HUNTSVILLE, Texas (AP) - Former Army recruiter Cleve Foster went to the U.S. Supreme Court a fourth time, hoping they'd again postpone his execution that's scheduled for Tuesday evening for his role the 2002 shooting death of a Fort Worth woman he and a buddy met at a bar.
Attorneys for Foster, 48, argued he was innocent of the slaying of 30-year-old Nyaneur Pal, a Sudanese immigrant shot in the head and dumped in a ditch on Valentine's Day 2002. Lawyers also contended attorneys at Foster's trial and in early appeals of his conviction and sentence were deficient and his case deserved a closer look.
As the high court considered the arguments, Foster was headed for another trip to a tiny cell steps away from the death chamber. His lethal injection would be the ninth this year in Texas.
"I didn't do it," Foster, maintaining his innocence, told The Associated Press recently from death row. "And if it means I'm going to the gurney and the taking of my life, so be it."
Last year in January, April and September the justices stopped his scheduled punishment. Once, he was moments from being led to the death chamber.
Maurie Levin, a University of Texas law professor representing Foster, argued the Supreme Court needed to block it again in light of their ruling earlier this year in an Arizona case that said an inmate who received poor legal assistance should have his case reviewed. But lower courts have said it was a narrow ruling and doesn't apply to all states, Texas among them, because procedures on the books already address the problem.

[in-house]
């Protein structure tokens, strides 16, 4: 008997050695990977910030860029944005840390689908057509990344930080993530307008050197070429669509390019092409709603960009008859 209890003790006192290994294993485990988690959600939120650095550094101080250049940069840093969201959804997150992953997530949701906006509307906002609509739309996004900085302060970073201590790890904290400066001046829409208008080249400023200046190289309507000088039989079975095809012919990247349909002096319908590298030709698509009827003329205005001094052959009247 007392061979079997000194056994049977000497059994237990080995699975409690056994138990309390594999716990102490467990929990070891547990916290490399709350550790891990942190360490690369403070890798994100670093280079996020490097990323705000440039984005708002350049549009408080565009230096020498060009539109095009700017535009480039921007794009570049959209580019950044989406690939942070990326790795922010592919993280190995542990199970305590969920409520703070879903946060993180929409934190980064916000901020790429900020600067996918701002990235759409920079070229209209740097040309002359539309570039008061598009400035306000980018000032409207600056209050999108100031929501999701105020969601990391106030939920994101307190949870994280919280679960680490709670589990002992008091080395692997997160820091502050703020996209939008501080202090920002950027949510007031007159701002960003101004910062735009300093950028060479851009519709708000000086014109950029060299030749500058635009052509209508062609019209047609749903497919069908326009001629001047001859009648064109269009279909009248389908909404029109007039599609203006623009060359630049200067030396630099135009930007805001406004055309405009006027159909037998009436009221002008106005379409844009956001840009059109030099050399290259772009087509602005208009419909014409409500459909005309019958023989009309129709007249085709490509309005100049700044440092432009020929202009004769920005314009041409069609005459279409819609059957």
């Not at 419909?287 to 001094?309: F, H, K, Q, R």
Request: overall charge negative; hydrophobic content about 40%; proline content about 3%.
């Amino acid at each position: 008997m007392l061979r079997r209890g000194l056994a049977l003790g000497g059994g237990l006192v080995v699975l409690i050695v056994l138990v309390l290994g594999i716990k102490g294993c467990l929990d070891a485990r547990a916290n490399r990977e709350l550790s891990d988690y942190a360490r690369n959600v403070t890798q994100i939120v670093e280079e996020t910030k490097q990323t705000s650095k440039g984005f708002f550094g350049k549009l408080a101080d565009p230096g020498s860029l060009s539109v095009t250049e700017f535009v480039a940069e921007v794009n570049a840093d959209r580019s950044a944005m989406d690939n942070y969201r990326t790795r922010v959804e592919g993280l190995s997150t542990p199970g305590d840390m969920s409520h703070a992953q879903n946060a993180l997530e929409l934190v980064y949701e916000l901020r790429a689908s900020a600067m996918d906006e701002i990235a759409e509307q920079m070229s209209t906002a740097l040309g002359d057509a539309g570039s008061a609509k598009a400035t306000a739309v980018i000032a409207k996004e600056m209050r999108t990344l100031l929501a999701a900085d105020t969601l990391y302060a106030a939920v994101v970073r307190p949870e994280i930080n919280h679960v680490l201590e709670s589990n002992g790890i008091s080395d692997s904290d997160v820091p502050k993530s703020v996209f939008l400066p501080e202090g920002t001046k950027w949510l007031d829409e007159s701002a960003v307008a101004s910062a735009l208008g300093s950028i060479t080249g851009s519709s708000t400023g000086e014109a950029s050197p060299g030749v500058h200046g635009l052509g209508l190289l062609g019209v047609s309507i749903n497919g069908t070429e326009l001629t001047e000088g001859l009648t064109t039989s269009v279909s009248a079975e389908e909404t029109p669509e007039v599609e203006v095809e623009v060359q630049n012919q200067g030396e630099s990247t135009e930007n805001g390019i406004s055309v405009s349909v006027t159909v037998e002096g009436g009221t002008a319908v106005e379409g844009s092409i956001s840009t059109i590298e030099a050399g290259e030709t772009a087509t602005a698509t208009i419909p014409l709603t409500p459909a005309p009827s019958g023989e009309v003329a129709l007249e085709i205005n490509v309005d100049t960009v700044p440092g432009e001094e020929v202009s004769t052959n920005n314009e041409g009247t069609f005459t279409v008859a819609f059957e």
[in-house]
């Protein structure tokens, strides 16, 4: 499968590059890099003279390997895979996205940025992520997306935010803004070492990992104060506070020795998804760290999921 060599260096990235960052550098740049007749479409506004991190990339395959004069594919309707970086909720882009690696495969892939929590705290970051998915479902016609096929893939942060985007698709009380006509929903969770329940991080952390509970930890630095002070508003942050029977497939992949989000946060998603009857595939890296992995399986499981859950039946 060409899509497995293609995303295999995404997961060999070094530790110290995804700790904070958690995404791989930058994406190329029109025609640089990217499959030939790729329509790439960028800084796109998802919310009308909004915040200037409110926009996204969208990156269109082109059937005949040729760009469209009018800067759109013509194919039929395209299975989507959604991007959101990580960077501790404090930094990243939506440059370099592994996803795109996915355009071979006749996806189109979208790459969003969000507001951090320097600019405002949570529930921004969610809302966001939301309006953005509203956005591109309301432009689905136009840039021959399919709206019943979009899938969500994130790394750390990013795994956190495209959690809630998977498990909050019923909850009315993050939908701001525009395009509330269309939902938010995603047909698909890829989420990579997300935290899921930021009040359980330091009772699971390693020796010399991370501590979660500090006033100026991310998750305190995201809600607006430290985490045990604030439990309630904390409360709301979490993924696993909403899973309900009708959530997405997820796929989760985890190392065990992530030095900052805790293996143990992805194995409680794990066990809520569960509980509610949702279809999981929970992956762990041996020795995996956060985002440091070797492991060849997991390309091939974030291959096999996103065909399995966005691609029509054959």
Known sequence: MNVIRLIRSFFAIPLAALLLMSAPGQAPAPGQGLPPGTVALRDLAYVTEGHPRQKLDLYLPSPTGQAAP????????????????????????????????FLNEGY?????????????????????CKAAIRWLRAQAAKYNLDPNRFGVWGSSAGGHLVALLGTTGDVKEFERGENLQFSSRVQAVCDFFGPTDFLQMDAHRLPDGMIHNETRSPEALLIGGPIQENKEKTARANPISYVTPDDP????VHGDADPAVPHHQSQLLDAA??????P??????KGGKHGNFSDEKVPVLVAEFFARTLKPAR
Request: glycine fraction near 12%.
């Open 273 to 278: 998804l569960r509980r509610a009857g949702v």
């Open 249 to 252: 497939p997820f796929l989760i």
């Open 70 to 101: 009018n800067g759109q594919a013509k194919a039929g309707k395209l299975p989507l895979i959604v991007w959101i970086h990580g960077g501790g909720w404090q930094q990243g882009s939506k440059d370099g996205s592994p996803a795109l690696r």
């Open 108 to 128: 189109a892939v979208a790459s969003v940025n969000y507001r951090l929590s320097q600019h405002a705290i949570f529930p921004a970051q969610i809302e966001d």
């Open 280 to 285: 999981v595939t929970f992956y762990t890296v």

One federal district judge ruled that even if the Arizona ruling could be applied to Texas, Foster's claims were meritless.
"No court has ever found that his underlying arguments have any merit despite Foster's repeated entreaties and trips through the criminal justice system," Stephen Hoffman, an assistant Texas attorney general, told the Supreme Court.
Foster and a companion, Sheldon Ward, were sentenced to die for killing Pal, who was seen talking with the men at a Fort Worth bar hours before her body was found in a ditch off a Tarrant County road.
"I am as certain of Foster's guilt as I can be without having seen him do it," Ben Leonard, who prosecuted Foster in 2004, said last week. "He lost his innocence claim and the point of law he appeals on now is as arcane as it is unfounded."